The reference for locomotives and railcars


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Prussian P 42
German Reichsbahn class 360-4
Germany | 1889 | 707 produced
P 4<sup>2</sup> of the standard variant
P 42 of the standard variant
Die Lokomotive, August 1910

The first two examples of the P 42 came from the series of eight trial locomotives that were already described in the article of the P 41. In contrast to the latter, they were powered by a two-cylinder compound engine, but otherwise they were largely identical.

Similar to the P 41 of the Erfurt variant, two P 42 of the Erfurt variant were built, which were delivered by Henschel in 1891 and took part in the testing of the different types. Since at that time there were still massive starting problems with compound engines with two cylinders, priority was given to the simple engines despite their poorer efficiency, so that no further P 42 of the first type were manufactured.

P 4<sup>2</sup> of the Erfurt variant
P 42 of the Erfurt variant
Die Lokomotive, August 1921

The problems could be solved after the Union foundry in Königsberg invented the Dultz starting device, which enabled the vehicle to start in any wheel position. Thus, in 1898, the production of a normalized design began, of which a total of 707 examples were to be built by 1910. Despite the only slightly increased weight, these were not only more economical than the P 41, but also more powerful.

Like its predecessor, the P 42 was used in front of express trains, especially in the early days, but was later pushed out of this role by new locomotives. Mecklenburg, Oldenburg and the Lübeck-Büchener Eisenbahn also procured these locomotives, although the latter had ordered a variant with a shortened wheelbase. These reached quantities of 31, eight and five.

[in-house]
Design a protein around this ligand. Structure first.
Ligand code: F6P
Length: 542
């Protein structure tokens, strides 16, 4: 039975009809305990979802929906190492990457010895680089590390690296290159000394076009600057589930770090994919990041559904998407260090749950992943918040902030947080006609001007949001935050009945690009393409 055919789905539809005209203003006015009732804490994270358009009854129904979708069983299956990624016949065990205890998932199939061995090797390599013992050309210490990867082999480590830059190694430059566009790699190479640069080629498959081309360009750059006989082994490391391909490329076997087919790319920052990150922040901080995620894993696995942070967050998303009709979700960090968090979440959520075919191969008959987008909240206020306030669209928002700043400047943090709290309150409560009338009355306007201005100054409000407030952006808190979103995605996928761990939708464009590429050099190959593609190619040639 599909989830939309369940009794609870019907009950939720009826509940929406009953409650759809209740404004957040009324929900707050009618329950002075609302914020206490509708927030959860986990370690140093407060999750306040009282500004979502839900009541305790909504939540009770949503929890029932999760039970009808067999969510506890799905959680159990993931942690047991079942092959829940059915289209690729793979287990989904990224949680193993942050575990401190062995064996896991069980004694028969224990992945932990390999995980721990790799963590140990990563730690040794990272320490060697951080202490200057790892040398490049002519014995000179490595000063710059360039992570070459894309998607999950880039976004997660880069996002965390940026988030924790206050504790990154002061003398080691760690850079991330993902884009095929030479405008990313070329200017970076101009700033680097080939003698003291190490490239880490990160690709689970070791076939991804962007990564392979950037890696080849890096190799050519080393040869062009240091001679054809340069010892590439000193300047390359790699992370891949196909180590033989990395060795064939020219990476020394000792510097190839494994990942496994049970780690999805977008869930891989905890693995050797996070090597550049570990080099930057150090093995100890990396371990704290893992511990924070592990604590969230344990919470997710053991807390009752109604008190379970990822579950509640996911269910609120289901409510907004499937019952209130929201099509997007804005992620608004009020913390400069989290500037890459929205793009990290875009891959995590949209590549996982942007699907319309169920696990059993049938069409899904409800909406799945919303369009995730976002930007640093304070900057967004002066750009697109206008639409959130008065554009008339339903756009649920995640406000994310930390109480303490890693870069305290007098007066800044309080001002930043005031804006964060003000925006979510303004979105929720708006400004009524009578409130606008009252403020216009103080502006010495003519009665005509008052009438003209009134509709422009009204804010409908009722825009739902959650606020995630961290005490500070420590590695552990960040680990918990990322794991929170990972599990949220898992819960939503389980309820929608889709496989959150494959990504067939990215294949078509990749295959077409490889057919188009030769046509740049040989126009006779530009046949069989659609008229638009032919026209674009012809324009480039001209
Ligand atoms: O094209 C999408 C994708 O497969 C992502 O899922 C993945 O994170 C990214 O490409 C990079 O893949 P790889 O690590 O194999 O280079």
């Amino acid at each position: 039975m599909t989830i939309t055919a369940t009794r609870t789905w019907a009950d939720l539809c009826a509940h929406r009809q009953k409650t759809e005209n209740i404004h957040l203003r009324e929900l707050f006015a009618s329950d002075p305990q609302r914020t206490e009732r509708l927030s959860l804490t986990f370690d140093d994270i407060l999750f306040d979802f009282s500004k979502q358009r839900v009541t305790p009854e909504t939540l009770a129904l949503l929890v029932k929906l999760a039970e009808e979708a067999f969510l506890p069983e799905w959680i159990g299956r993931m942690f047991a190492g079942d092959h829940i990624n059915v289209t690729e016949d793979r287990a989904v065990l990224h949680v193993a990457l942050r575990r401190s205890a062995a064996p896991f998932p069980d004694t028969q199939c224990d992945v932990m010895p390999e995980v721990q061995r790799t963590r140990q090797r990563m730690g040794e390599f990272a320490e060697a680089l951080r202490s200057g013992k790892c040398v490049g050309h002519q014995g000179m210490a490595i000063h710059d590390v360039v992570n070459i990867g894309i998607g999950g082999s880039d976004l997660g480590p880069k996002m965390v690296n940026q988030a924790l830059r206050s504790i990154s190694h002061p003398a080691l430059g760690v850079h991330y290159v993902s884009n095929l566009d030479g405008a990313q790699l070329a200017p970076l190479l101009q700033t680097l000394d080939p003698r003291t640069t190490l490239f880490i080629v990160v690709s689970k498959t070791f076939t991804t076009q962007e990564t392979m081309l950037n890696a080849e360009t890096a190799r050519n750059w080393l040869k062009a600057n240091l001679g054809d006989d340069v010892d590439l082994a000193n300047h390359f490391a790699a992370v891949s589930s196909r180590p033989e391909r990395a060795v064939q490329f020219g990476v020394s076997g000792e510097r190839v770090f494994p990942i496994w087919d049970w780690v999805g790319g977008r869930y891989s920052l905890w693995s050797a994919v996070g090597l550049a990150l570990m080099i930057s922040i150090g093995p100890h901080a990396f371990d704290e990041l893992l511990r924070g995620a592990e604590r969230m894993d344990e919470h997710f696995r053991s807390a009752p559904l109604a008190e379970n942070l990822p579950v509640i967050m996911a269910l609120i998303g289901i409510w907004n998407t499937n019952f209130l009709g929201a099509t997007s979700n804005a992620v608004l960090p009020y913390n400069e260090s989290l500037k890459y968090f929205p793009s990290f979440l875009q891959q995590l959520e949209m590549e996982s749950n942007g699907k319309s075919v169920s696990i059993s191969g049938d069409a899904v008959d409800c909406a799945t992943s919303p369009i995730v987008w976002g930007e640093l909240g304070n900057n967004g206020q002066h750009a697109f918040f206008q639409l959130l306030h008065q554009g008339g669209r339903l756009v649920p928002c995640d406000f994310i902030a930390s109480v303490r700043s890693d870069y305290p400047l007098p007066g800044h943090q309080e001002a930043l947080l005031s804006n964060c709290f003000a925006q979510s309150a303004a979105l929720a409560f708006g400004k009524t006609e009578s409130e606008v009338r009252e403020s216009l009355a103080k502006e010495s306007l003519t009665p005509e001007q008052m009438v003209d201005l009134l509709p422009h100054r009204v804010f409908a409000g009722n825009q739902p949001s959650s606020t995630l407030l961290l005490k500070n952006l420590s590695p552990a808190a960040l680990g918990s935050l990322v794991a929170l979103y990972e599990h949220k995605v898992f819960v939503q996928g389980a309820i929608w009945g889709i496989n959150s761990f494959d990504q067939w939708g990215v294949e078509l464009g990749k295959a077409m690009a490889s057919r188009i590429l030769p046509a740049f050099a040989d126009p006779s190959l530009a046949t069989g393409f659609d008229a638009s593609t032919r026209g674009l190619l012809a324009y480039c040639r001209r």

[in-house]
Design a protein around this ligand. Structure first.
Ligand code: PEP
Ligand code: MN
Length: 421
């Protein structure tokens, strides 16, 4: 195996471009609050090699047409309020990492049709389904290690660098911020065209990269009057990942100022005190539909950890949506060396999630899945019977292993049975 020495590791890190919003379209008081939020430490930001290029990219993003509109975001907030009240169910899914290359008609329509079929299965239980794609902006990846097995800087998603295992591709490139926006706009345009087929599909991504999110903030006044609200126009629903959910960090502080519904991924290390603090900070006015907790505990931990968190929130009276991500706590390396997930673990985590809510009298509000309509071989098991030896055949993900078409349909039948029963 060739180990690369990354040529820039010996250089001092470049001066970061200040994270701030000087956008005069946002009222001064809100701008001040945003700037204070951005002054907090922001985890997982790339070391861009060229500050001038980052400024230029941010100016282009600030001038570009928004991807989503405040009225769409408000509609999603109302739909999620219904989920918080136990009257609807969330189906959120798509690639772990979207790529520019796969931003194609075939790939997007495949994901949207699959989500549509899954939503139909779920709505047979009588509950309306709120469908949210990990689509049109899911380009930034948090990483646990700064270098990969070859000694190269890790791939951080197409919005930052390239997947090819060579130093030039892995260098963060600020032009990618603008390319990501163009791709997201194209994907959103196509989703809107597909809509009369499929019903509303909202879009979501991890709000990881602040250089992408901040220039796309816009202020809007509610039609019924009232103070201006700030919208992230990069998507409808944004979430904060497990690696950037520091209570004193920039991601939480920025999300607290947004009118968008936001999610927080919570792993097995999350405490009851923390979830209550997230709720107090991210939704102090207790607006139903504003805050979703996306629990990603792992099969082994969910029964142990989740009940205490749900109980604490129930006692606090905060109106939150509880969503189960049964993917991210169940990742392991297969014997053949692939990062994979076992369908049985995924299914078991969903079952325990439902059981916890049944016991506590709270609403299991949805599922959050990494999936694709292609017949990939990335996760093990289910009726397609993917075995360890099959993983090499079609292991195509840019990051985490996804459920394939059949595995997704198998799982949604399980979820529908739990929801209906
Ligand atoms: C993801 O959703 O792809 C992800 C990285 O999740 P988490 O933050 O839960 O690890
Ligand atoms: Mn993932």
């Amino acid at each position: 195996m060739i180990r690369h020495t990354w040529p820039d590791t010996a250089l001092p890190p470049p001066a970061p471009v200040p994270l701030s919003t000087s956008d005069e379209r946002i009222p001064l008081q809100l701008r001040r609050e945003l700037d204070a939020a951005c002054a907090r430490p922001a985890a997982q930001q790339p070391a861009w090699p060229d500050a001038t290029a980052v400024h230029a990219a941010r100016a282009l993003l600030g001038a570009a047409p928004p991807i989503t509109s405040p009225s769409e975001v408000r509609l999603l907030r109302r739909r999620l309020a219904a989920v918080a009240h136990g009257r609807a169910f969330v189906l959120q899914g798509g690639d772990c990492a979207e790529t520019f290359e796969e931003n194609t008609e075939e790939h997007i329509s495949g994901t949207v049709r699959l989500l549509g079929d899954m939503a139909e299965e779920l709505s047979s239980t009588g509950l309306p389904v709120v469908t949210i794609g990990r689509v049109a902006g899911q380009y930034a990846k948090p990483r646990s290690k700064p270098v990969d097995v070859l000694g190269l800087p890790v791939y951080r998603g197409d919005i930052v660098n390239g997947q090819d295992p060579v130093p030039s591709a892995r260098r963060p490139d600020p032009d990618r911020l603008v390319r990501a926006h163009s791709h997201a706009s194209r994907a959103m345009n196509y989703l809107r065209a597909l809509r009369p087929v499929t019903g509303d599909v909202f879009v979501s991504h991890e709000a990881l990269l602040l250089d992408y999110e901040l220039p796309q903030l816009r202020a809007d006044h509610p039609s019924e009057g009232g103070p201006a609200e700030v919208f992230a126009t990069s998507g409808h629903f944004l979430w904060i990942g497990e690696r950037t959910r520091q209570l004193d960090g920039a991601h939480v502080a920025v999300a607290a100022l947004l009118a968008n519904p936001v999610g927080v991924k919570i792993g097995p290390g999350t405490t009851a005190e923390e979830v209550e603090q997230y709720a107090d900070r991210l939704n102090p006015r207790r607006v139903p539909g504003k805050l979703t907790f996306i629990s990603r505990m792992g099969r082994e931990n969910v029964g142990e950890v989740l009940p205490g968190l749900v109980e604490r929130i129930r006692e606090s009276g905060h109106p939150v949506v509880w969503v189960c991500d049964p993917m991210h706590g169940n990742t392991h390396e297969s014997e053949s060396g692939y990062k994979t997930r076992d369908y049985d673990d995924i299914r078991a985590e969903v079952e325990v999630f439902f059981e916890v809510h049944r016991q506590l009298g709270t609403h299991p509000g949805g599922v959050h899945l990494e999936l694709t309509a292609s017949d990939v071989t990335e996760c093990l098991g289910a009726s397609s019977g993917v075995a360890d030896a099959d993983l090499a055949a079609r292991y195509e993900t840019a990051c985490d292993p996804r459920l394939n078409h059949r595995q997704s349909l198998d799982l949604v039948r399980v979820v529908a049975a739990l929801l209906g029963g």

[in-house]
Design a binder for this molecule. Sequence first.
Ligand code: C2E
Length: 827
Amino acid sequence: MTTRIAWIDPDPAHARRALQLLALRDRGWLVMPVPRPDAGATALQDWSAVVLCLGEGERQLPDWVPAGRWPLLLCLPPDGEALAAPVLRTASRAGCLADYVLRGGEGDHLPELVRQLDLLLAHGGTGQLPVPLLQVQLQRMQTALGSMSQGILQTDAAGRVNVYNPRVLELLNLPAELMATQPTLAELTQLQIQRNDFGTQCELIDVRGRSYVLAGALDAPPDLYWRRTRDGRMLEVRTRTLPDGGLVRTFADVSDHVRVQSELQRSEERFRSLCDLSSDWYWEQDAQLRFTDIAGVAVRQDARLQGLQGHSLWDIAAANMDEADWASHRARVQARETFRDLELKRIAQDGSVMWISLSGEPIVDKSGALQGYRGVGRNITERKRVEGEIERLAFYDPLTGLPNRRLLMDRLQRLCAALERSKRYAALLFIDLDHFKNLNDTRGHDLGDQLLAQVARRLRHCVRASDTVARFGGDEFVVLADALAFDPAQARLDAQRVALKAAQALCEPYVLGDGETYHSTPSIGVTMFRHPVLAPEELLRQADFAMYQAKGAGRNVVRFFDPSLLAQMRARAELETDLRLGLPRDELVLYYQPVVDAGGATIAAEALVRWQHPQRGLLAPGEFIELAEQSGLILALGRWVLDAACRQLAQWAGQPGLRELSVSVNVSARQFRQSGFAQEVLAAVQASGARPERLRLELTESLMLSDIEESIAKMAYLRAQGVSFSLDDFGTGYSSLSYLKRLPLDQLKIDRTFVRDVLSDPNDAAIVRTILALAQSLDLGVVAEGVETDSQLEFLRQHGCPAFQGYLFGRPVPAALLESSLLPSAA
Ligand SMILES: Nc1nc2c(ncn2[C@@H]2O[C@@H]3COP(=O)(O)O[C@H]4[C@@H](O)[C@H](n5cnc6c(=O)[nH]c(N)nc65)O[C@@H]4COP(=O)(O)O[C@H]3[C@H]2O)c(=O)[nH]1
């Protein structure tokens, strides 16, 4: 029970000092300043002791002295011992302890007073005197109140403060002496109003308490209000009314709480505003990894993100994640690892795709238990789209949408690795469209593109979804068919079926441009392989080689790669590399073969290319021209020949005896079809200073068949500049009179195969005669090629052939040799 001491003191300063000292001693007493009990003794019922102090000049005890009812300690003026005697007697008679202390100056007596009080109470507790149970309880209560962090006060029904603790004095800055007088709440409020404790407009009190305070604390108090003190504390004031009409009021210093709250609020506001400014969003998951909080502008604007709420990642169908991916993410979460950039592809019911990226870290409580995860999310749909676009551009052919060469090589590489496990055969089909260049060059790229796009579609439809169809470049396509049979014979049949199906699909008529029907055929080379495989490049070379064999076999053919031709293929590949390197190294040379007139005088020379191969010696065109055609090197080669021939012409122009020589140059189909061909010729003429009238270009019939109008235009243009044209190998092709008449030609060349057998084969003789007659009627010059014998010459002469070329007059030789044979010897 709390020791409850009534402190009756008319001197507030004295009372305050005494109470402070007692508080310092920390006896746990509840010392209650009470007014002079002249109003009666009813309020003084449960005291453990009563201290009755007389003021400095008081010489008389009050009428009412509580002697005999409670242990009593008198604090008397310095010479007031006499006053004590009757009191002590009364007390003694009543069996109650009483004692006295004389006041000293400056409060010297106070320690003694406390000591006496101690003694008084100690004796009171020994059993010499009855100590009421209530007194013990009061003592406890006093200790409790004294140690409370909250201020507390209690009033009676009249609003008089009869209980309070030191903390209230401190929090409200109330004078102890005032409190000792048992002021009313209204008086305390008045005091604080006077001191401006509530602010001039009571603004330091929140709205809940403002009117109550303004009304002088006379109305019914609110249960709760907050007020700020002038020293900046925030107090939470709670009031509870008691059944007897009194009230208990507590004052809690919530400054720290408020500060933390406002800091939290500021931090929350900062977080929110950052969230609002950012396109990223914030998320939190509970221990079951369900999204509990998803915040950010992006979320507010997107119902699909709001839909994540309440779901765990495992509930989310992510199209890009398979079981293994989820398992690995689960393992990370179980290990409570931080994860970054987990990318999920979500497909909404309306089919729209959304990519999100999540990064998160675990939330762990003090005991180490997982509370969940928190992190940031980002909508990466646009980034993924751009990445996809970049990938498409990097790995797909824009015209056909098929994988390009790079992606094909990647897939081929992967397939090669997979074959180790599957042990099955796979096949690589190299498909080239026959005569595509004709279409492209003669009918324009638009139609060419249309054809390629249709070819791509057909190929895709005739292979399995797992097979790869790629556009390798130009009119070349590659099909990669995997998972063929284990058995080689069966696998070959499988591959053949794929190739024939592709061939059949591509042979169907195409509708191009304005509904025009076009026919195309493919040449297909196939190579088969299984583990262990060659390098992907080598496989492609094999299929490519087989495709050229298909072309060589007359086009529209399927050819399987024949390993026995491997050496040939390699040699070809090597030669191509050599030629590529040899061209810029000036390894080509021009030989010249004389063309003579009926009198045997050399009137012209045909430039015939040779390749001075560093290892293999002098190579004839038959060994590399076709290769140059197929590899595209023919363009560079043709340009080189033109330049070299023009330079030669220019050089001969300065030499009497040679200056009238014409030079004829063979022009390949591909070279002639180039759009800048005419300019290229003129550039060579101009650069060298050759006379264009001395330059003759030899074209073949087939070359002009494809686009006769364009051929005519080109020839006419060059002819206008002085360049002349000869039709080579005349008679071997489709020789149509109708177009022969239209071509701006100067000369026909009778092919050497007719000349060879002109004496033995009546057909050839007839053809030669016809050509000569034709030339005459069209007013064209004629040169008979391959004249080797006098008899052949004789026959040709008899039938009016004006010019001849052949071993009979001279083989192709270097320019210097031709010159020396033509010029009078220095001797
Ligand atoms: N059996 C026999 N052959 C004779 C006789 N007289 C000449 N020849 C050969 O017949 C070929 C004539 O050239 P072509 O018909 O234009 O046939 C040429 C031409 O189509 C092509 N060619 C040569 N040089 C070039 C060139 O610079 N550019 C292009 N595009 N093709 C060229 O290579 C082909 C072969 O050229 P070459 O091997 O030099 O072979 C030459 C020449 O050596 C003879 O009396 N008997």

Of the 549 engines recorded in 1923, 437 were taken over by the Reichsbahn in 1925 and assigned the numbers 36 002 to 36 438. Most examples were retired by the start of World War II, but some returned from eastern areas during the war. Of the locomotives which survived the war, one was equipped by the Reichsbahn with coal dust firing and received a four-axle tender with 30 m³ of water. It was only retired in 1959 and was thus the last P 42.

VariantErfurt variantstandard variant
ManufacturerHenschelHenschel, Humboldt, Linke
Axle config4-4-0 (American) 
Gauge4 ft 8 1/2 in (Standard gauge)
Dimensions and Weights
Length51 ft 2 3/4 in57 ft 9 3/8 in
Wheelbase24 ft 3 5/16 in
Fixed wheelbase8 ft 8 5/16 in
Total wheelbase48 ft 3 1/8 in
Empty weight95,019 lbs100,641 lbs
Service weight107,145 lbs112,766 lbs
Adhesive weight62,391 lbs66,469 lbs
Axle load31,195 lbs33,246 lbs
Water capacity3,170 us gal3,963 us gal
Fuel capacity11,023 lbs (coal)
Power sourcesteam
Indicated power590 hp (440 kW)573 hp (427 kW)
Optimal speed35 mph32 mph
Top speed56 mph
Starting effort10,656 lbf11,410 lbf
with start valve12,787 lbf13,692 lbf
Power Plant
Driver diameter68.1 in68.9 in
Boiler pressure174 psi
Expansion typecompound
Cylinderstwo, HP: 17 5/16 x 23 5/8 in
and LP: 26 x 23 5/8 in
two, HP: 18 1/8 x 23 5/8 in
and LP: 26 3/4 x 23 5/8 in
Grate area24.8 sq ft
Firebox area96.9 sq ft
Tube heating area1,248.6 sq ft1,173.3 sq ft
Evaporative heating area1,345.5 sq ft1,270.1 sq ft
Total heating area1,345.5 sq ft1,270.1 sq ft
Calculated Values
steam locomotive
last changed: 01/2022

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